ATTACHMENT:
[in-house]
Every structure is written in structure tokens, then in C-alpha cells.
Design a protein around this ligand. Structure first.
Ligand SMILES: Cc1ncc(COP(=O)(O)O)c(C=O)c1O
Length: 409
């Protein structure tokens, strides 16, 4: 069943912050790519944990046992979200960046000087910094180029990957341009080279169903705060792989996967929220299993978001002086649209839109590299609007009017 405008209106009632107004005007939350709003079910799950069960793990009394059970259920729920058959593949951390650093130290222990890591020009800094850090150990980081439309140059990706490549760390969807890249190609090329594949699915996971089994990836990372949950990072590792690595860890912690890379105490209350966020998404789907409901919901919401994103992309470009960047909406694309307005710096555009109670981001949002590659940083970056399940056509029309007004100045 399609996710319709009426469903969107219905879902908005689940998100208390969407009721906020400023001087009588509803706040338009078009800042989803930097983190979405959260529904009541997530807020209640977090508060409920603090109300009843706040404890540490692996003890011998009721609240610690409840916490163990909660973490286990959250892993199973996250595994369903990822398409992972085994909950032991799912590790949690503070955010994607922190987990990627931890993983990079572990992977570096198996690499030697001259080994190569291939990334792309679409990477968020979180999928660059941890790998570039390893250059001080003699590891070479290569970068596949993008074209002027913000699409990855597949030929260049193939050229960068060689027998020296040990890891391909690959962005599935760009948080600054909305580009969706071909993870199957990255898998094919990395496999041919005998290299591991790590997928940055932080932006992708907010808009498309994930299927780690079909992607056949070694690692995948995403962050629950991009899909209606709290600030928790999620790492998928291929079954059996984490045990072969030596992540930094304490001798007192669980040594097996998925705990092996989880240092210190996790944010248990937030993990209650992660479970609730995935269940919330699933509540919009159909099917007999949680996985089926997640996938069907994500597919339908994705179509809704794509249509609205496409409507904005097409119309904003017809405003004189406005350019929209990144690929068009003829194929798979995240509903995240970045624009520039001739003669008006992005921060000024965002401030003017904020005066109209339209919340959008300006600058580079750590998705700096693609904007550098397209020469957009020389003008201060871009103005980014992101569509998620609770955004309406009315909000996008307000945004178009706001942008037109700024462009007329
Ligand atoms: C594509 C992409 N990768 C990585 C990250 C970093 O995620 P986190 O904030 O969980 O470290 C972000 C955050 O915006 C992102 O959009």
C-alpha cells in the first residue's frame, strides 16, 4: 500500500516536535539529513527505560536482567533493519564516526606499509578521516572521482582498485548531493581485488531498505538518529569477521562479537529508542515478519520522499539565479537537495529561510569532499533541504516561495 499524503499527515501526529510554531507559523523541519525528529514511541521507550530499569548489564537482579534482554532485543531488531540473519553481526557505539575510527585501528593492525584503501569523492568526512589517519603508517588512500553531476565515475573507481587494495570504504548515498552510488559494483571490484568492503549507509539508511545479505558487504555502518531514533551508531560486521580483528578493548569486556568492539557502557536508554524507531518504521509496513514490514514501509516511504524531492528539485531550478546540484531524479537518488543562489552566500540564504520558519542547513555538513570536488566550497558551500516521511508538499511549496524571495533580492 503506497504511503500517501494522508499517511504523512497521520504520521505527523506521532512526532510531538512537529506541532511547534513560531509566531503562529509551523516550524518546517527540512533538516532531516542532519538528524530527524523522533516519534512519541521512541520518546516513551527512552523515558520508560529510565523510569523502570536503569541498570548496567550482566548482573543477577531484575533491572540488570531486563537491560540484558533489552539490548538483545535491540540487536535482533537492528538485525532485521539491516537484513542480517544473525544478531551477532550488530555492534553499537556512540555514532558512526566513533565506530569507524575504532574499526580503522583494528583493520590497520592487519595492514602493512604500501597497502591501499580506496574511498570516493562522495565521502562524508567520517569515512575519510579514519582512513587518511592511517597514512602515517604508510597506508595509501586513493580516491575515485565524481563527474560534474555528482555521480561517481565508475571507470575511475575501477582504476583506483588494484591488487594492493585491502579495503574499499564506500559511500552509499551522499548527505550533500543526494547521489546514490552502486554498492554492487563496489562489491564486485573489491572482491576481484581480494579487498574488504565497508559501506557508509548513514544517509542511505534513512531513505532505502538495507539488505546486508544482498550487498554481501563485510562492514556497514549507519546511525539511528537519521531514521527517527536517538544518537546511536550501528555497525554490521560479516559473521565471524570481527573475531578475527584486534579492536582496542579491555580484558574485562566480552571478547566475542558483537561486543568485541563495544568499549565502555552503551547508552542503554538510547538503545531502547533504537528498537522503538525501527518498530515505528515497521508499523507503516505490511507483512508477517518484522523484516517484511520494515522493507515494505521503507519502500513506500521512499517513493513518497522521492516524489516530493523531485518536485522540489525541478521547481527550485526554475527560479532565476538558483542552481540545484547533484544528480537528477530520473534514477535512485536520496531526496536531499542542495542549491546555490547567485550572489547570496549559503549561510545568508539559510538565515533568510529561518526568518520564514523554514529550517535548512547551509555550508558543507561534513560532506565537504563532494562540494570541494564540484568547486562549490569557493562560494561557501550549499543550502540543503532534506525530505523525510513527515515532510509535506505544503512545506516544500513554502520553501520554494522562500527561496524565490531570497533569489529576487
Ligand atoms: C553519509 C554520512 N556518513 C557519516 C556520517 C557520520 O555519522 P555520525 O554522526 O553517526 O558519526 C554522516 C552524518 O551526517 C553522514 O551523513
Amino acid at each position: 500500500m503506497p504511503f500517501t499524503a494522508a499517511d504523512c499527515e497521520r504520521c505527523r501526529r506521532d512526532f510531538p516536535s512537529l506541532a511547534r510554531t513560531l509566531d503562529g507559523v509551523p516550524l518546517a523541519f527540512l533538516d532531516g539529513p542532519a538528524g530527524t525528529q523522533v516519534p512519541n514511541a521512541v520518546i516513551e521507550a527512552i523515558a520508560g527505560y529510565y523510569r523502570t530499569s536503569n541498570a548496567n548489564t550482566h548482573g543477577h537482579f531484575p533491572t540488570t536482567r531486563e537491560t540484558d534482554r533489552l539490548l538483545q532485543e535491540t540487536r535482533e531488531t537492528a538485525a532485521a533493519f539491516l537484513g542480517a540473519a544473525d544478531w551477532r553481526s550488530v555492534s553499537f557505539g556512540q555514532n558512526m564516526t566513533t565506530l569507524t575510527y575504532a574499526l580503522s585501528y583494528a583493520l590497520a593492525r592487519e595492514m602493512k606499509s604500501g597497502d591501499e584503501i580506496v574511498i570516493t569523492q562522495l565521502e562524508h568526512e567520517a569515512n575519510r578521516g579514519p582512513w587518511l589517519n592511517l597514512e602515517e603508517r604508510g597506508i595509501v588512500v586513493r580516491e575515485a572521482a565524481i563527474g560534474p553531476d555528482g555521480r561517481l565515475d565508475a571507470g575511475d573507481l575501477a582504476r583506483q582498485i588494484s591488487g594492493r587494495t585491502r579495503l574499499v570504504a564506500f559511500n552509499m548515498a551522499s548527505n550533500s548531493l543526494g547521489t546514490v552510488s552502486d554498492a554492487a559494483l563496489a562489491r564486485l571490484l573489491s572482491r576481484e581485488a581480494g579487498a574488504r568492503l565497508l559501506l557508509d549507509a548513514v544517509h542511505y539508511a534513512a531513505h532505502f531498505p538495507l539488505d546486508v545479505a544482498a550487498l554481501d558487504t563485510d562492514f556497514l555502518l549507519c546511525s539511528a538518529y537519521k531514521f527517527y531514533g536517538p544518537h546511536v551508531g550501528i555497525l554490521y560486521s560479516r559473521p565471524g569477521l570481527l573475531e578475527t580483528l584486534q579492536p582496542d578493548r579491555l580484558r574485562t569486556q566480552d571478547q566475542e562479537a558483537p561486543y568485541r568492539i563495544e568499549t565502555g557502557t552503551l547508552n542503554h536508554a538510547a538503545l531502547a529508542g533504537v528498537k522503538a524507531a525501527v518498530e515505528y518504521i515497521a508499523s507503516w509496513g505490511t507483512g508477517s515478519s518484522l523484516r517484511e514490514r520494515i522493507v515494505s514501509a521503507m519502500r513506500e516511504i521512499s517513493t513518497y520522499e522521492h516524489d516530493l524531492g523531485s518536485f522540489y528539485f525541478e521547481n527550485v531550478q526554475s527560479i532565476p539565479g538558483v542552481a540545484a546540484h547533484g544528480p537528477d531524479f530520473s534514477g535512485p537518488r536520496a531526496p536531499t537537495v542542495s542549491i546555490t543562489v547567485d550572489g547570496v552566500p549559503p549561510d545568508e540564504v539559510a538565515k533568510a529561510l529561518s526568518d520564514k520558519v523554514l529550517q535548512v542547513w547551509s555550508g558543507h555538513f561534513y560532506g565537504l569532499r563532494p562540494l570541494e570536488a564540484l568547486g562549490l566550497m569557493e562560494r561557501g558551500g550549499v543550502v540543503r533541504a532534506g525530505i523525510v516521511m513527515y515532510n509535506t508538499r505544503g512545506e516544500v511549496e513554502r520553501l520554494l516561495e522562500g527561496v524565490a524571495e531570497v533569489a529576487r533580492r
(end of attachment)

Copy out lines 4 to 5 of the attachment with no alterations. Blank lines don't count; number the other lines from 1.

Ligand SMILES: Cc1ncc(COP(=O)(O)O)c(C=O)c1O
Length: 409